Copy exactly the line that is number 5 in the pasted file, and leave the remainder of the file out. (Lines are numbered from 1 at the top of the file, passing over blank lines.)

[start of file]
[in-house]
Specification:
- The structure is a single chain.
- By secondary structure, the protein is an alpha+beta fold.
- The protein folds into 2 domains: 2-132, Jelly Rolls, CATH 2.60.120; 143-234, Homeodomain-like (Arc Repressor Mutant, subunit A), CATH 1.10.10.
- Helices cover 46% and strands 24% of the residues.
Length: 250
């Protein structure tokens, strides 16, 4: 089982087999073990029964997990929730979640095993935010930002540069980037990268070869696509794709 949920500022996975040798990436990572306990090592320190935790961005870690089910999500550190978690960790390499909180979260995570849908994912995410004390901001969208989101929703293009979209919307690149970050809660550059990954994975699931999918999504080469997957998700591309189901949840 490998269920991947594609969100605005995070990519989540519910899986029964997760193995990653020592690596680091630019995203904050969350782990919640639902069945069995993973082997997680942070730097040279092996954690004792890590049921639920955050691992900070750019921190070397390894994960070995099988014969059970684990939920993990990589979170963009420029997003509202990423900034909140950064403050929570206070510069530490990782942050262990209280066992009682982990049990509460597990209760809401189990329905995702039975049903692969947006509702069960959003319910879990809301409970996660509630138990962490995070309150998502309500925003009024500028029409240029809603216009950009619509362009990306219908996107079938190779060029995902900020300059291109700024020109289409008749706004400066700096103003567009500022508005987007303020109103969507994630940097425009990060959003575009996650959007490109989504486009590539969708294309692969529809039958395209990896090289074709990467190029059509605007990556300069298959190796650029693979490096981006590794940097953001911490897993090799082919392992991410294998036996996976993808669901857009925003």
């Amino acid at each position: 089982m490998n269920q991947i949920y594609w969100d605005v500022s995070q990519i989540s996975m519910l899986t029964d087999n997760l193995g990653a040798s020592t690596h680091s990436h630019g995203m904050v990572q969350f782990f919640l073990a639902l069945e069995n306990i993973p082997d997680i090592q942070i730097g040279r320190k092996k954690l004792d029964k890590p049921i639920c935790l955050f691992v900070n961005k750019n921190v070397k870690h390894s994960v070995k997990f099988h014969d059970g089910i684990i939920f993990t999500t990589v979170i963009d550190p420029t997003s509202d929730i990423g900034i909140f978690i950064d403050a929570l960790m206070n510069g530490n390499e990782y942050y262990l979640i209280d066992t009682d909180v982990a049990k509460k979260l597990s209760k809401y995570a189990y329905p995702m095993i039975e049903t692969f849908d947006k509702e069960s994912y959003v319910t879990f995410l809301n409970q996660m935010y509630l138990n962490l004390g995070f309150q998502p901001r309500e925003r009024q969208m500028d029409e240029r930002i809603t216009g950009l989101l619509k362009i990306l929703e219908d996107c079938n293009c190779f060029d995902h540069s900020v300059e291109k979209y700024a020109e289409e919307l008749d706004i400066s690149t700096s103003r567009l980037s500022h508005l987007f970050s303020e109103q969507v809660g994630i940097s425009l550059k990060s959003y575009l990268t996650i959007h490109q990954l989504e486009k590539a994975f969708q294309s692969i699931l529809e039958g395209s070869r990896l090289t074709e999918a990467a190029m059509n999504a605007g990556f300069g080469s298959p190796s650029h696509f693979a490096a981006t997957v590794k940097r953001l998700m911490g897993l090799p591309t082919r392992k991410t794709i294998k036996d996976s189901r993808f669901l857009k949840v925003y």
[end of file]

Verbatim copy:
- The protein folds into 2 domains: 2-132, Jelly Rolls, CATH 2.60.120; 143-234, Homeodomain-like (Arc Repressor Mutant, subunit A), CATH 1.10.10.